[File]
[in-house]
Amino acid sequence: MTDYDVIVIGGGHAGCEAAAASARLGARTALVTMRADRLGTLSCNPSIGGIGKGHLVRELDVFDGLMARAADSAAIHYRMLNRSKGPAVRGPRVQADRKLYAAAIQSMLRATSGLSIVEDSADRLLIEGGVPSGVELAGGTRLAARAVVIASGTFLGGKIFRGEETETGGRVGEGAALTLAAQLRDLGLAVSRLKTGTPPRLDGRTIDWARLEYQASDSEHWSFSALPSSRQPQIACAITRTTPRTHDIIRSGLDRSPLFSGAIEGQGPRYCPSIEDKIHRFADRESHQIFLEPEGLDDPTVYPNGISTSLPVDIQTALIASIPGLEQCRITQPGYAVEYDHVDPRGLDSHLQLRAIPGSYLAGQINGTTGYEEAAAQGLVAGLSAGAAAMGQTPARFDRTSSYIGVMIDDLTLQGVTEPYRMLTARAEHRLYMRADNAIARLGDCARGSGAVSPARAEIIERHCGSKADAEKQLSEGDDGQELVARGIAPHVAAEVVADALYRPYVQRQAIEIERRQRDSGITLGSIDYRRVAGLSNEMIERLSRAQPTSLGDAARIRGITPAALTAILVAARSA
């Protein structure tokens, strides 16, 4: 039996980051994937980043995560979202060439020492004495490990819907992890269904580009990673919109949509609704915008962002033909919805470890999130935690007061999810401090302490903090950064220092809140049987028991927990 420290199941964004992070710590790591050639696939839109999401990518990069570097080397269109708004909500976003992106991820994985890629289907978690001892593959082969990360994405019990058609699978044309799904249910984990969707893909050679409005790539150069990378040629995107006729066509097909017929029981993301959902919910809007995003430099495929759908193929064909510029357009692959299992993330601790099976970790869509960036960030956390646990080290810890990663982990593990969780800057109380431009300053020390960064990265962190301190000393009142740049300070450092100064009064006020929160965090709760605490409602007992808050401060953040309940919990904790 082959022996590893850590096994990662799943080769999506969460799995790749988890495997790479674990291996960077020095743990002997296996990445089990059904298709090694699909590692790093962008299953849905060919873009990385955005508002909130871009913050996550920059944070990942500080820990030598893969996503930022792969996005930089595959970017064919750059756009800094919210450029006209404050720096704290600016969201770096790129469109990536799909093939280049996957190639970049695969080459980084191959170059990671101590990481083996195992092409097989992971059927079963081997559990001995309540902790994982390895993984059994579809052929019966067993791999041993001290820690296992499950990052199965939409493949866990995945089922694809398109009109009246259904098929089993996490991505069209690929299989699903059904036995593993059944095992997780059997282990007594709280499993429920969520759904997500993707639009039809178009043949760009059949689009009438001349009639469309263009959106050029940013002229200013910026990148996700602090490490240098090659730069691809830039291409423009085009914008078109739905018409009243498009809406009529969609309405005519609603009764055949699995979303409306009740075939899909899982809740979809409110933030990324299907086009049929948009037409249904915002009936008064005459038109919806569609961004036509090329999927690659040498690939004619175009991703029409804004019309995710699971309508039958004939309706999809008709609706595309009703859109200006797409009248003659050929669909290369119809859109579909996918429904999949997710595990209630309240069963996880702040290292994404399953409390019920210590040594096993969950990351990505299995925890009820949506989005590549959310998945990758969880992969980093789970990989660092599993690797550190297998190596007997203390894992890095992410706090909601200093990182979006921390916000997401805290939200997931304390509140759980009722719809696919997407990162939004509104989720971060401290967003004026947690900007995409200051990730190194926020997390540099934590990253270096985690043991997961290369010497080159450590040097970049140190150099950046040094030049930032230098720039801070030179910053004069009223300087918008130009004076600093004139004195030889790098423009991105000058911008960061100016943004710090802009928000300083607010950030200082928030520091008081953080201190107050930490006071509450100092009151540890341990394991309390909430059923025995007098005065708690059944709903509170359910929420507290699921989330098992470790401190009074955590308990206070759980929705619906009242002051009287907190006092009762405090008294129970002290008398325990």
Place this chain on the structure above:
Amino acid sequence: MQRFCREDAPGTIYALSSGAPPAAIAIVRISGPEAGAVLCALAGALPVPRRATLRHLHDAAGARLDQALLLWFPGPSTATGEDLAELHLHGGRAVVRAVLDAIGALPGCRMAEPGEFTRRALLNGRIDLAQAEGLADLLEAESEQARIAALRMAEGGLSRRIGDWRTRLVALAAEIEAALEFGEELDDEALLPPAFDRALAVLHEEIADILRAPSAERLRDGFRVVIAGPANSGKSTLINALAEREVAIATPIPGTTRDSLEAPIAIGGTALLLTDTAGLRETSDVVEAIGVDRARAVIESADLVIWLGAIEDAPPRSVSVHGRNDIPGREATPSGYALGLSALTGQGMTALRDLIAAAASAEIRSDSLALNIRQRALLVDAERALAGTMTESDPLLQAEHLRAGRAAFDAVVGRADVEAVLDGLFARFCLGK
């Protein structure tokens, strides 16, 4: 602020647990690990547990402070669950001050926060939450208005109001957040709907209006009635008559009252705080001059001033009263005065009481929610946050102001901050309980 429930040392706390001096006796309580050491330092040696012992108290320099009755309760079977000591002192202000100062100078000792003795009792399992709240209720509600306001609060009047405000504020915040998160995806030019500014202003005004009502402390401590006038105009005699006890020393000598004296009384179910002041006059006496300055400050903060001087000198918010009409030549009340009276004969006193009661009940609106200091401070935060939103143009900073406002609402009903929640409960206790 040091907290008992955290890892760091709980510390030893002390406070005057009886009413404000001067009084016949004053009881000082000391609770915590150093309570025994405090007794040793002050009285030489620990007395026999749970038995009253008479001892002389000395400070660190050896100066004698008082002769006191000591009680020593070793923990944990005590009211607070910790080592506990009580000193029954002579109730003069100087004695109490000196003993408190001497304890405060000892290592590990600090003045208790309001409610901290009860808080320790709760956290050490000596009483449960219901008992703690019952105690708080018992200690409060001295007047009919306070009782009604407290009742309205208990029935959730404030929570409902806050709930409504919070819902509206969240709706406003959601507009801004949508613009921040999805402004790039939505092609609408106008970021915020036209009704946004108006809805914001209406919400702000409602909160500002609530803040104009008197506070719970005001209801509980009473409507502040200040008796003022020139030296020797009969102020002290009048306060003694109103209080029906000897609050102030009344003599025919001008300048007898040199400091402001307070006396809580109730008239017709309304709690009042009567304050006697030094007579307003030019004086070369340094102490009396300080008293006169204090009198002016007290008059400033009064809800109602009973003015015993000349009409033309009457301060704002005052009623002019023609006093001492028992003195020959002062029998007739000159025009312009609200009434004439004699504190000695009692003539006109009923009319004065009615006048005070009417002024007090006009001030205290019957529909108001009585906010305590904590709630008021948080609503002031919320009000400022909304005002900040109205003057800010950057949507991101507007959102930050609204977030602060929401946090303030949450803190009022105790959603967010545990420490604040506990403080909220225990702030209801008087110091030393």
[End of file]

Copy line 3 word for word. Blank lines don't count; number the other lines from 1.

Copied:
């Protein structure tokens, strides 16, 4: 039996980051994937980043995560979202060439020492004495490990819907992890269904580009990673919109949509609704915008962002033909919805470890999130935690007061999810401090302490903090950064220092809140049987028991927990 420290199941964004992070710590790591050639696939839109999401990518990069570097080397269109708004909500976003992106991820994985890629289907978690001892593959082969990360994405019990058609699978044309799904249910984990969707893909050679409005790539150069990378040629995107006729066509097909017929029981993301959902919910809007995003430099495929759908193929064909510029357009692959299992993330601790099976970790869509960036960030956390646990080290810890990663982990593990969780800057109380431009300053020390960064990265962190301190000393009142740049300070450092100064009064006020929160965090709760605490409602007992808050401060953040309940919990904790 082959022996590893850590096994990662799943080769999506969460799995790749988890495997790479674990291996960077020095743990002997296996990445089990059904298709090694699909590692790093962008299953849905060919873009990385955005508002909130871009913050996550920059944070990942500080820990030598893969996503930022792969996005930089595959970017064919750059756009800094919210450029006209404050720096704290600016969201770096790129469109990536799909093939280049996957190639970049695969080459980084191959170059990671101590990481083996195992092409097989992971059927079963081997559990001995309540902790994982390895993984059994579809052929019966067993791999041993001290820690296992499950990052199965939409493949866990995945089922694809398109009109009246259904098929089993996490991505069209690929299989699903059904036995593993059944095992997780059997282990007594709280499993429920969520759904997500993707639009039809178009043949760009059949689009009438001349009639469309263009959106050029940013002229200013910026990148996700602090490490240098090659730069691809830039291409423009085009914008078109739905018409009243498009809406009529969609309405005519609603009764055949699995979303409306009740075939899909899982809740979809409110933030990324299907086009049929948009037409249904915002009936008064005459038109919806569609961004036509090329999927690659040498690939004619175009991703029409804004019309995710699971309508039958004939309706999809008709609706595309009703859109200006797409009248003659050929669909290369119809859109579909996918429904999949997710595990209630309240069963996880702040290292994404399953409390019920210590040594096993969950990351990505299995925890009820949506989005590549959310998945990758969880992969980093789970990989660092599993690797550190297998190596007997203390894992890095992410706090909601200093990182979006921390916000997401805290939200997931304390509140759980009722719809696919997407990162939004509104989720971060401290967003004026947690900007995409200051990730190194926020997390540099934590990253270096985690043991997961290369010497080159450590040097970049140190150099950046040094030049930032230098720039801070030179910053004069009223300087918008130009004076600093004139004195030889790098423009991105000058911008960061100016943004710090802009928000300083607010950030200082928030520091008081953080201190107050930490006071509450100092009151540890341990394991309390909430059923025995007098005065708690059944709903509170359910929420507290699921989330098992470790401190009074955590308990206070759980929705619906009242002051009287907190006092009762405090008294129970002290008398325990």